Personally, I have owned about 15 Boxsters through my dealership and about 5 C5 Corvettes. I have also owned 3 C5s as private cars.

Based on my experience, the C5 is simply much less troublesome than the Boxster. I worried about every Boxster I bought and with good reason, I have the paid bills to prove it.

The C5, nada!

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Old 03-23-2007, 05:42 PM   #4
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"I worried about every Boxster I bought and with good reason, I have the paid bills to prove it."

Don't tell me that, I haven't pulled the trigger yet on a Boxster and am looking for rationalization that my concerns are over-blown. Seriously, I fully expect a bit of a love/hate relationship with untimely, perplexing problems in search of over-priced parts. I will soften the blow by performing my own maintenance and, hopefully, most repairs.

If I get too scared, I could by an S2000. They're a little high strung and visually boring, but the likely reliability is pretty appealing.

All of the European cars seem to suffer from a high failure rate of component parts on these quite complex machines.

MAF
Air/Oil Seporator
O2s
RMSs
Control Arms
Water Pumps
and the beat goes on...

but then you drive it. The Boxster has to been one of the finest total driving experiences ever to hit the road.
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Old 03-23-2007, 06:50 PM   #5
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Things definitely do go wrong with Boxsters and some things go very wrong - just read the tales of woe from folks who have to replace their engines. So, I'm sure Consumer Reports has it right when they say that some model years of the Boxster are worse than average in reliability.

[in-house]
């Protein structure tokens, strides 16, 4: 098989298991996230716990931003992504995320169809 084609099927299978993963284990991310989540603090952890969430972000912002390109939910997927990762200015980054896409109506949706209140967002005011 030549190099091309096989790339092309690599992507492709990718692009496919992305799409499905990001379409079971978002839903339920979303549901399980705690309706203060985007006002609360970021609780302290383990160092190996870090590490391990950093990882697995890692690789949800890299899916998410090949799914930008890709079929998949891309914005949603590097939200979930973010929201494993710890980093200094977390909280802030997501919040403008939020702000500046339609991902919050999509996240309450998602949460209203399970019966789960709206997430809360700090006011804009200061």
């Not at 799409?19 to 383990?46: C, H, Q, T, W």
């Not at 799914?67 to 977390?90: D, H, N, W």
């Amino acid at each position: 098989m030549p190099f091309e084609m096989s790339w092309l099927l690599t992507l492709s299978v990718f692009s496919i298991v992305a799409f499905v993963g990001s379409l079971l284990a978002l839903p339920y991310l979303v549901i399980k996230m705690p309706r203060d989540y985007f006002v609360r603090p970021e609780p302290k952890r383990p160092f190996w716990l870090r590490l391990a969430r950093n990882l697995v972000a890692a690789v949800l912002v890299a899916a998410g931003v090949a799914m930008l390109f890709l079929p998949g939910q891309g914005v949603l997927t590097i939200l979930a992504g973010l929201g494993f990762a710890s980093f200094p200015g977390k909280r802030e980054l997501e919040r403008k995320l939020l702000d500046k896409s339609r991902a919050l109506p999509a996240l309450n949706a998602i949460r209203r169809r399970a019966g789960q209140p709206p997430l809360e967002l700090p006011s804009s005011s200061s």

The Boxster is the first car I bought that Consumer Reports didn't rank as "much better than average" in reliability. (Although for some reason they did rank the 2000 Boxster as "better than average" - probably a statistical anomaly. They didn't have data on the 2000 in the current auto issue, so I can't say how they have held up in their seventh year of life. )

Although my 1996 Infiniti G20 and my Miatas have been fun to drive and very reliable, most of my other highly reliable cars have been a little dull. None of my other cars come close when you compare them to a Boxster for overall enjoyment.

So, don't buy a Boxster if you can't afford a few repairs or don't want to buy an extended warranty. But if you have a few resources in reserve, the Boxster is not a bad bet.
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Old 03-23-2007, 07:16 PM   #6
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Quote:
Originally Posted by gregwils


If I get too scared, I could by an S2000. They're a little high strung and visually boring, but the likely reliability is pretty appealing.

but then you drive it. The Boxster has to been one of the finest total driving experiences ever to hit the road.



Yes, excellent conclusion. Buy the Boxster and fix it yourself if it needs to be repaired. Much more fun in the long run (and you will take it for some long runs!)
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Old 03-23-2007, 07:16 PM   #7
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On a side note, CR recammends the boxster, but they don't recammend the 911 because of "reliability issues."